18 Jan

Routing protocols – recap and quick notes

Types of dynamic routing protocols:

 

RIP : Routing Information Protocol - AD 120
IGRP : Interior Gateway Routing Protocol - AD-100
EIGRP : Enhanced IGRP AD-90
OSPF : Open Shortest Path First AD-110
IS-IS : Intermediate system to intermediate system AD-115
BGP: Border Gateway Protocol AD-20

Comparison

Property   EIGRP OSPF  BGP
Administrative Distances Internal – 90
External 170
110 EBGP – 20
IBGP – 200
Method   Advanced distance vector  Link state Path vector
Summarization   Auto and manual Manual Auto and Manual
VLSM  Yes Yes Yes
Convergence Speed    Very fast convergence Fast Slow
Timers: Update
(hello/dead)    
Triggered (LAN 5/15, WAN 60/180)  Triggered when network change occurs, send periodic update LSA refreshes every 30 minutes (NBMA 30/120, LAN 10/40) Triggered (60/180)
Network Size  Large Large Very large
Mixed-Vendor Devices No Yes Yes
Use multicast  224.0.0.10 224.0.0.5  
Feature  – Partial updates conserve network bandwidth
– Support for IP, AppleTalk, and IPX
– Runs directly over IP, using protocol number 88
– Support for all Layer2 (data link layer) protocols and topologies
– Load balancing across equal-and unequal-cost pathways
– Multicast and unicast instead of broadcast address
– Support for authentication
– Manual summarization at any interface
– 100% loop-free classless routing
 – Minimizes the number of routing table entries
– Contains LSA flooding to a reasonable area
– Each routing device takes a copy of the LSA updates its LSDB and forward the LSA to all neighbor devices within area
– Minimizes the impact of a topology change
– Enforces the concept of a hierarchical network design
 – BGP provides the routing betw these autonomouse systems.
– BGP uses the concept of autonomous systems (AS). An autonomous system is a group of networks under a common administration. The Internet Assigned Numbers Authority (IANA) assigns AS numbers: 1 to 64511 are public AS
numbers and 64512 to 65535 are private AS numbers.
– IGP: A routing protocol that exchanges routing infor within AS. RIP, IGRP, OSPF, IS-IS and EIGRP are examples of IFPs.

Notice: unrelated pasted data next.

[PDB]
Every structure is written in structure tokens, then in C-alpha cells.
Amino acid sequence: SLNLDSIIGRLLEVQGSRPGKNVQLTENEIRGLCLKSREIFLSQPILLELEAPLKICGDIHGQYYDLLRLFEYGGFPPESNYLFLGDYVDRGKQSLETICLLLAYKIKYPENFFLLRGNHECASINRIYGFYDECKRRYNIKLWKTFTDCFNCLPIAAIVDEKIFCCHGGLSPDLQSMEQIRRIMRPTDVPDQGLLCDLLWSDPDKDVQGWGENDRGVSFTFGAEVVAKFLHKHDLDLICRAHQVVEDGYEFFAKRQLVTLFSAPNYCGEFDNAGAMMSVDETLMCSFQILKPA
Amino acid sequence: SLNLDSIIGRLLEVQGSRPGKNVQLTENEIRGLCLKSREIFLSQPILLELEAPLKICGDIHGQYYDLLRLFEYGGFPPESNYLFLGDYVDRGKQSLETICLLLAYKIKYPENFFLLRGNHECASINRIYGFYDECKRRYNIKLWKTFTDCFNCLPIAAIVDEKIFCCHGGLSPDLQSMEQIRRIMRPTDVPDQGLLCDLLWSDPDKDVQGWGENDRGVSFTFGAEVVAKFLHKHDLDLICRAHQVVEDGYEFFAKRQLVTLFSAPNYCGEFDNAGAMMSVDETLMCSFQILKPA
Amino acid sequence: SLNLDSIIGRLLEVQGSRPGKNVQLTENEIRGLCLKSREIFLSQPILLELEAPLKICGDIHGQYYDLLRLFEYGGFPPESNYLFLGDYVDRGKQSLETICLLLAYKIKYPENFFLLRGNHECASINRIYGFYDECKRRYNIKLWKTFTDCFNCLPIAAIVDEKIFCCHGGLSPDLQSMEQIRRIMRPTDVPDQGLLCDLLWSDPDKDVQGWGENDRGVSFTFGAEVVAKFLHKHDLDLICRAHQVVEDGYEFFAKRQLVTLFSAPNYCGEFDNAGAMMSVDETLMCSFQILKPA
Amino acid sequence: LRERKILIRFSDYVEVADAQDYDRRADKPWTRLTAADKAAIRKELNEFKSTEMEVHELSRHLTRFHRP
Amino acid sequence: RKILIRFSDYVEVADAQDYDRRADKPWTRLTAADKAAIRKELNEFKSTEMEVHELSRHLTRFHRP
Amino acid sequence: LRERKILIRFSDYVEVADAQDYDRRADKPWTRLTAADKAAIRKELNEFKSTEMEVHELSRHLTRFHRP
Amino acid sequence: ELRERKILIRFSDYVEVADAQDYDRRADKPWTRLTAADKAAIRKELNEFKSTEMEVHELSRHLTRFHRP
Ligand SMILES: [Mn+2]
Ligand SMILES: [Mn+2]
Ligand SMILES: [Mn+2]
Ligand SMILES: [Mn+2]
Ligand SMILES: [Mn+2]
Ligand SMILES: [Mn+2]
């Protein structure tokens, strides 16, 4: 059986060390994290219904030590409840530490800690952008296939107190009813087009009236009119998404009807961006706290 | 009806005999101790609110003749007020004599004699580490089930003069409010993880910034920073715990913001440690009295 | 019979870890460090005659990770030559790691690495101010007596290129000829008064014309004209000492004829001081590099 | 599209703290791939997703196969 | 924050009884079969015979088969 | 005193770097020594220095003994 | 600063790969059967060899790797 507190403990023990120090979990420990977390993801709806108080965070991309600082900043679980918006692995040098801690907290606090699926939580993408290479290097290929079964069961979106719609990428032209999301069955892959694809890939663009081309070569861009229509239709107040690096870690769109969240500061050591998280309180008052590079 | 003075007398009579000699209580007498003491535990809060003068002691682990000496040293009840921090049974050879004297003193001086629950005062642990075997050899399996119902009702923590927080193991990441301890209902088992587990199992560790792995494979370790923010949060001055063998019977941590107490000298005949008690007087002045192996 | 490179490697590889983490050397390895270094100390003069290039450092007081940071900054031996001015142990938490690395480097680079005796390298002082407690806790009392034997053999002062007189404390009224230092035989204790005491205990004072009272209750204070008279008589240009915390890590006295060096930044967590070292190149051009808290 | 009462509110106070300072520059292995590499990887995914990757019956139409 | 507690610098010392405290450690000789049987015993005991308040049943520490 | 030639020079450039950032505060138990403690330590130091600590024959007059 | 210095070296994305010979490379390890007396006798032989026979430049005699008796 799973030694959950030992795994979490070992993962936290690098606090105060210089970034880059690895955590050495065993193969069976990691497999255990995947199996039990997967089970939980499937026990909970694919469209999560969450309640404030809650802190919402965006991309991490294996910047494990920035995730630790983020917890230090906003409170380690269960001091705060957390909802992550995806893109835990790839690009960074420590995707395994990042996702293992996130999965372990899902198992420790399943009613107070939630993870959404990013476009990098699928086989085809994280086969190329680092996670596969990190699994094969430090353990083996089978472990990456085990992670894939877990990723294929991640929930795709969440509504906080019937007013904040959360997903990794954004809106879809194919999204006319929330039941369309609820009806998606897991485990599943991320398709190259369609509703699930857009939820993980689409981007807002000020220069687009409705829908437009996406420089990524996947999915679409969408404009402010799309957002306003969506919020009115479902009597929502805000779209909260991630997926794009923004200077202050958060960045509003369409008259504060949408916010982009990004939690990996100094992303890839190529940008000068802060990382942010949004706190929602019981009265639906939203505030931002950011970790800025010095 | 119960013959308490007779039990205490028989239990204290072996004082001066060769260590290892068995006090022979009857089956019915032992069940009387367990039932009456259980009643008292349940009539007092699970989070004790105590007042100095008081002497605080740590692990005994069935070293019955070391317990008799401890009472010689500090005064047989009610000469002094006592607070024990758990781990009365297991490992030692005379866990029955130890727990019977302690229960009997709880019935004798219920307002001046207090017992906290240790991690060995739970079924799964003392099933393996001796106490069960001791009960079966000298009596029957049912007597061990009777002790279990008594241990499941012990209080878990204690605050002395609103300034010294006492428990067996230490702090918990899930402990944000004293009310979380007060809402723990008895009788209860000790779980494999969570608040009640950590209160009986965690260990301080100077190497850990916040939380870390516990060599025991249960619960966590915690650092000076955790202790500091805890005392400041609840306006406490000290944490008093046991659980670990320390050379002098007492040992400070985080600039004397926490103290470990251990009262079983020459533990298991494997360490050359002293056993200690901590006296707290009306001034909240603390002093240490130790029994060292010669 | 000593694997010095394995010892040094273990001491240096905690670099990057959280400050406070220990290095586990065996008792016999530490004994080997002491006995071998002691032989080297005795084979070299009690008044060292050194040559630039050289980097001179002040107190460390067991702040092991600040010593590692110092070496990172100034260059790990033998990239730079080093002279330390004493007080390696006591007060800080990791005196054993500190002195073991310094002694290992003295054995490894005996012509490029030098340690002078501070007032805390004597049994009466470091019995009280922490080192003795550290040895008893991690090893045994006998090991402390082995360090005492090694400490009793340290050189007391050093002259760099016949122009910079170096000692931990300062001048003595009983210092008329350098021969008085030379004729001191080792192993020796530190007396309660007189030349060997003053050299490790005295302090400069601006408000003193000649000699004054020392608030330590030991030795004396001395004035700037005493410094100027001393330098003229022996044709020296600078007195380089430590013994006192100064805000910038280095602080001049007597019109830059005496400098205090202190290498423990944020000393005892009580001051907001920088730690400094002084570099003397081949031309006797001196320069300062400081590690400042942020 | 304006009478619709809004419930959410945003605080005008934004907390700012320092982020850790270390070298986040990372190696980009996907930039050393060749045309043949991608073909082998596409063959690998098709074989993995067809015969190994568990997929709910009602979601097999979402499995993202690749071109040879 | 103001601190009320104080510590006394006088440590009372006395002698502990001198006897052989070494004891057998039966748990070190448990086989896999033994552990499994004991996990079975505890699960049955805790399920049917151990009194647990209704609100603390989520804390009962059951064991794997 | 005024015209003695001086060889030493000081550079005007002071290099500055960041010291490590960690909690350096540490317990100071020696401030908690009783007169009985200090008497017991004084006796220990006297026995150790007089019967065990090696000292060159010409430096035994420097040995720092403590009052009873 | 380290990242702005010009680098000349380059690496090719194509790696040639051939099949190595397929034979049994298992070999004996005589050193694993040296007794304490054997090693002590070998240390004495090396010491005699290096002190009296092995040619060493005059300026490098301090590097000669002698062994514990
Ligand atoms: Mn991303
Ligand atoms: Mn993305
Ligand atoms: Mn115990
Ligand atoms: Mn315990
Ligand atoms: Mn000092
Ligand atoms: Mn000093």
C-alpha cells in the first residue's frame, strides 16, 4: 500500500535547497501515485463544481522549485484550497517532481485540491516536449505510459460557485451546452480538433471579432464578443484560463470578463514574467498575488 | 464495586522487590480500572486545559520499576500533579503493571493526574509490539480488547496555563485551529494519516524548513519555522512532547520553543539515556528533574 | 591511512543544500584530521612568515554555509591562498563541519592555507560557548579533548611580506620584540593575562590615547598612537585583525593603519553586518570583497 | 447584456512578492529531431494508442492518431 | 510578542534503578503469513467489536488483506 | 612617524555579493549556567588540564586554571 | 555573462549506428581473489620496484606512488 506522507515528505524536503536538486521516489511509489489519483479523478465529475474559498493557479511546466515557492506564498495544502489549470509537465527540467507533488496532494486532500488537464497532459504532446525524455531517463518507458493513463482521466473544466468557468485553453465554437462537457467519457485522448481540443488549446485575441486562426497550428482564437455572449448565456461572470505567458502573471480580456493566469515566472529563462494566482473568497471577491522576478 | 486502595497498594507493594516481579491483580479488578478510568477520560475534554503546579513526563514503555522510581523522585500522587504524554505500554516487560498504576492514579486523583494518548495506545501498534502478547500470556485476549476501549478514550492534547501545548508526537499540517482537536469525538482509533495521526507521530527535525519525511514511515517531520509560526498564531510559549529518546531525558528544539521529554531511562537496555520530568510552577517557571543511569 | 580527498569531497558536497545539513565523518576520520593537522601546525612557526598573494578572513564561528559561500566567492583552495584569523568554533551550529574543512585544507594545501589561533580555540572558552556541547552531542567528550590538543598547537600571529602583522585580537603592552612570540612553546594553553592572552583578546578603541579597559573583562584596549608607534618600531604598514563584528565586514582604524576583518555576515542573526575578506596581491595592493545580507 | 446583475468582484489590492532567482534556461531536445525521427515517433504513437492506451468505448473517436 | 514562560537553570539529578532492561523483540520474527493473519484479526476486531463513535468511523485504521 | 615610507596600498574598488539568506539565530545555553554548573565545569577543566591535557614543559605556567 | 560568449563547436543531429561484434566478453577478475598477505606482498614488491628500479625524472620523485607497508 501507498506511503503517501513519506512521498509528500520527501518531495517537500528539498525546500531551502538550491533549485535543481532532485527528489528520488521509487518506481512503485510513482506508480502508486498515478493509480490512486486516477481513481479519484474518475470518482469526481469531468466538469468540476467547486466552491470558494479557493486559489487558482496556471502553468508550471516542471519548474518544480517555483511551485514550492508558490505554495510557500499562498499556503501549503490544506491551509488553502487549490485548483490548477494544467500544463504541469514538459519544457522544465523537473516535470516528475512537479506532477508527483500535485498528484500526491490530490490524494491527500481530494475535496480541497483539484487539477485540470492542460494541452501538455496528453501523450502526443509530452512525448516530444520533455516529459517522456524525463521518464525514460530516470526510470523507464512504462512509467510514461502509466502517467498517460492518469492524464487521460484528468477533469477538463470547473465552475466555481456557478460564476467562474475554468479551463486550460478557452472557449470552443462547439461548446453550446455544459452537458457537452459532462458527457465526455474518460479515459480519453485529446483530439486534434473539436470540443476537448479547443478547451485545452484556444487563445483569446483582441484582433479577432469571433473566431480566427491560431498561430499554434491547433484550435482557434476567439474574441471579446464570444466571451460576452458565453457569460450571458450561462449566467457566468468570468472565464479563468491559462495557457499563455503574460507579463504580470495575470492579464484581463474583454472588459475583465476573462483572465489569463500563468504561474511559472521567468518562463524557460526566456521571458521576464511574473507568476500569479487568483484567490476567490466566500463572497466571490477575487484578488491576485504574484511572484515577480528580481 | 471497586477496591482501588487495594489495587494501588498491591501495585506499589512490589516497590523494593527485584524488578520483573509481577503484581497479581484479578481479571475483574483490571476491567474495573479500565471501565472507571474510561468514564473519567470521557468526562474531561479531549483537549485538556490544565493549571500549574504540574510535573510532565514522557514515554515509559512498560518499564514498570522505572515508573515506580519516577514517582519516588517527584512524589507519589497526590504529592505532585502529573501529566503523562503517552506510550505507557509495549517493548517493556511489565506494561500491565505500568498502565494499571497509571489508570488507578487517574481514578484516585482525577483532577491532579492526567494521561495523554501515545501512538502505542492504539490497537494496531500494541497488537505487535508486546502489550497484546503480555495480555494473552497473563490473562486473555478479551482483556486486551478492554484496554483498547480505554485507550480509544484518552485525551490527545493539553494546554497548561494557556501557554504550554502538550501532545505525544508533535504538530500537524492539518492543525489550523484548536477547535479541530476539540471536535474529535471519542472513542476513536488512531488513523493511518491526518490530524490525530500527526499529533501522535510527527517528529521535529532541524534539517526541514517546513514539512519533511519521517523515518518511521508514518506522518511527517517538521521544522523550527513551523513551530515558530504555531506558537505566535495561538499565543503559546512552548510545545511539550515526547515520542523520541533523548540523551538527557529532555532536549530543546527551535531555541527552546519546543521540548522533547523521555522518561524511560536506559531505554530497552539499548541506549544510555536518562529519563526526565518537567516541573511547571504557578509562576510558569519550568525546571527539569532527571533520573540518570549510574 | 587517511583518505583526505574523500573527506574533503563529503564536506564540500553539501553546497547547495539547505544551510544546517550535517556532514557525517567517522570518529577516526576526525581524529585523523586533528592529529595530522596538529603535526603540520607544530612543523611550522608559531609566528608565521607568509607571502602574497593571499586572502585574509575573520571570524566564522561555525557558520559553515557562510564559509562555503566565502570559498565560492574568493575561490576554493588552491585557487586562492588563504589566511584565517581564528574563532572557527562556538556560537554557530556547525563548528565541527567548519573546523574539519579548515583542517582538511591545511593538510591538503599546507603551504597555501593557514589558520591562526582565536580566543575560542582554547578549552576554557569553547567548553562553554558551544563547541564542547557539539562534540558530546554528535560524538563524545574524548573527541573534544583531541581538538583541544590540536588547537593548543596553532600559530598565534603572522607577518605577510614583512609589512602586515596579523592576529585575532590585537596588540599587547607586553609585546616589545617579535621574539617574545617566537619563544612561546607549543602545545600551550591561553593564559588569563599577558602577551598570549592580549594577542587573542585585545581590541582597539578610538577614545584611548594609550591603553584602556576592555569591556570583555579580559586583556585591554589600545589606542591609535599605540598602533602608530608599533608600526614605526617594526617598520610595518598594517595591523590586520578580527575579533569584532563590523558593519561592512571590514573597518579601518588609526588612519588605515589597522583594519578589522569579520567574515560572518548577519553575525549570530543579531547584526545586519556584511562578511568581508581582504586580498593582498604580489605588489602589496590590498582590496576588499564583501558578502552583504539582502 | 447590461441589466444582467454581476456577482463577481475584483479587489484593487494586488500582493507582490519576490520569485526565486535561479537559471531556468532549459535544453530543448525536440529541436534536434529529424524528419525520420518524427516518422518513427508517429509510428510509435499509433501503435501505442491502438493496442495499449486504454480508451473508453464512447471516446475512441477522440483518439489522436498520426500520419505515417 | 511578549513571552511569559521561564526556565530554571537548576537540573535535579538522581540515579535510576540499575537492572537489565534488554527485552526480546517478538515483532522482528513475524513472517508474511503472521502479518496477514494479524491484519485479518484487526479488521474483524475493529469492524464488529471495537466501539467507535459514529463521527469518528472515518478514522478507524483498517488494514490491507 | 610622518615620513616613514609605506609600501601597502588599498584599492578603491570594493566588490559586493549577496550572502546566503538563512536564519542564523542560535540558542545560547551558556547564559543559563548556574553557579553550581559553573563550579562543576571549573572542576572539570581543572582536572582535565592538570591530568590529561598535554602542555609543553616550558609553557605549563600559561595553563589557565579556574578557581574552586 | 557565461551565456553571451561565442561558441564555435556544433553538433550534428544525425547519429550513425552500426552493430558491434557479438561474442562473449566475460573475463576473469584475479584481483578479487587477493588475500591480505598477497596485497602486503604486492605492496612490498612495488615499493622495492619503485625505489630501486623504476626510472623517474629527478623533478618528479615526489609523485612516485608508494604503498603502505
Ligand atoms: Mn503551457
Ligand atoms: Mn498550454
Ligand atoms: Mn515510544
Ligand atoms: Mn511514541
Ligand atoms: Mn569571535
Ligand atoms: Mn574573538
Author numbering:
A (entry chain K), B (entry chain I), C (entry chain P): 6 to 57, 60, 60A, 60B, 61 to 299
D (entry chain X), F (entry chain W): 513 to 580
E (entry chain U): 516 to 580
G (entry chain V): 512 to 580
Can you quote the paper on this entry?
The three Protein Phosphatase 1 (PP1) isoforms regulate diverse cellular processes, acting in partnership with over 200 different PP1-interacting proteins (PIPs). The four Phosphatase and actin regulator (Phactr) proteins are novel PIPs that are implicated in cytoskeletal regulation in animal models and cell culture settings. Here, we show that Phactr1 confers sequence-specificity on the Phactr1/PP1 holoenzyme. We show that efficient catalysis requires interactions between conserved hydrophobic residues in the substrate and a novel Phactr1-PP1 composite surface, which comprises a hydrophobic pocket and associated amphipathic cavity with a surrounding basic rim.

– EGP: A routing protocol that exchanges routing infor betw different AS. BGP is an example of an EGP.
– The administrative distance for EBGP routes is 20. The administrative distance for IBGP routes is 200.
– BGP neighbors are called peers and must be statically configured.
– BGP uses TCP port 179. BGP peers exchange incremental, triggered route updates and periodic keepalives.
Operation – IP EIGRP Neighbor Table
– IP EIGRP Topology Table AD+FD
– The IP Routing Table
Neighbor Table
Topology Table LSDB
Routing Table
(LSA-> LSDB-> SPF algorithm-> SPF Tree-> Routing Table)
 
Function is controlled by EIGRP’s function is controlled by 4 key technologies:
– Neighbor discovery and maintenance: Periodic hello messages
– The Reliable Transport Protocol (RTP): Controls sending, tracking, and acknowledging EIGRP messages
– Diffusing Update Algorithm (DUAL): Determines the best loop-free route
– Protocol-independent modules (PDM): Modules are “plug-ins” for IP, IPX, Novel Netware and AppleTalk versions of EIGRP
Following are several types of areas:
– Backbone area: Area 0, which is attached to every other area.
– Regular area: Nonbackbone area; its database contains both internal and external routes.
– Stub area: It’s database contains only internal routes and a default route.